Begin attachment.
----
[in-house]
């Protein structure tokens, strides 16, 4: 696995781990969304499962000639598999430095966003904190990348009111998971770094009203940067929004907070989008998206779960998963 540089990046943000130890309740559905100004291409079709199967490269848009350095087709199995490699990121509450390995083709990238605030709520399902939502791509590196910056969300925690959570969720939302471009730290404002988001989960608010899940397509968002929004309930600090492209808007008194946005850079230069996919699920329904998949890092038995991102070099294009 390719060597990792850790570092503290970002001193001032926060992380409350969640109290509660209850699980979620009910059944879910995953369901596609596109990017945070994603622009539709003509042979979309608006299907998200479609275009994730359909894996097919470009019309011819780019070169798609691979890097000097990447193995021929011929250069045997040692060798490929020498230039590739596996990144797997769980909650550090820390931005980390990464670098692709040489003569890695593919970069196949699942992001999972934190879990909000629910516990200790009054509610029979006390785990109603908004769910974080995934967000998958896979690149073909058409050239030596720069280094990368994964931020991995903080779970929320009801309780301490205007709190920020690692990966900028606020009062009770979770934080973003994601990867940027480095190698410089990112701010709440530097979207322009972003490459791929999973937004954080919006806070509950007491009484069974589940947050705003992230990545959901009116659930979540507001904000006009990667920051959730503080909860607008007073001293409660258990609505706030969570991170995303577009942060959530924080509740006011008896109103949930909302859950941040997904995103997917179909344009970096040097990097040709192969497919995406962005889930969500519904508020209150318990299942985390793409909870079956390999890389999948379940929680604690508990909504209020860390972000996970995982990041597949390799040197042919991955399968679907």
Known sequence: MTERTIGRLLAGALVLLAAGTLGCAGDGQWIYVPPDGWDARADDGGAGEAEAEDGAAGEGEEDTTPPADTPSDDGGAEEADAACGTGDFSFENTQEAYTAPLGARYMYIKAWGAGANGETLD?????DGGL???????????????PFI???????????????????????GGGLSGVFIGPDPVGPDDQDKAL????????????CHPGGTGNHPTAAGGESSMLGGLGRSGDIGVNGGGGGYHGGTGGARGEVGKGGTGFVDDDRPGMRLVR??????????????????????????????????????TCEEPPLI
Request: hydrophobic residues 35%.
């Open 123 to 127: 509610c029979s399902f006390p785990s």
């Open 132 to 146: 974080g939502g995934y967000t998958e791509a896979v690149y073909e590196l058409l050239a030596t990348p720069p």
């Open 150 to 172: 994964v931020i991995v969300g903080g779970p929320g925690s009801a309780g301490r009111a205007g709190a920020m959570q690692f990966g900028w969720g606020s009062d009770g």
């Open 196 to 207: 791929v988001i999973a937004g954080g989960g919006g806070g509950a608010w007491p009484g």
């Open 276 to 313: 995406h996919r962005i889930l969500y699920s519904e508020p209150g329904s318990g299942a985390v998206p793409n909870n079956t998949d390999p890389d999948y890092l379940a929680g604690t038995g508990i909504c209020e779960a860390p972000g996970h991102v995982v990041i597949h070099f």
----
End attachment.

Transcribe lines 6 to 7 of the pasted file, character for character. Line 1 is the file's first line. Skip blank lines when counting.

């Open 132 to 146: 974080g939502g995934y967000t998958e791509a896979v690149y073909e590196l058409l050239a030596t990348p720069p």
């Open 150 to 172: 994964v931020i991995v969300g903080g779970p929320g925690s009801a309780g301490r009111a205007g709190a920020m959570q690692f990966g900028w969720g606020s009062d009770g």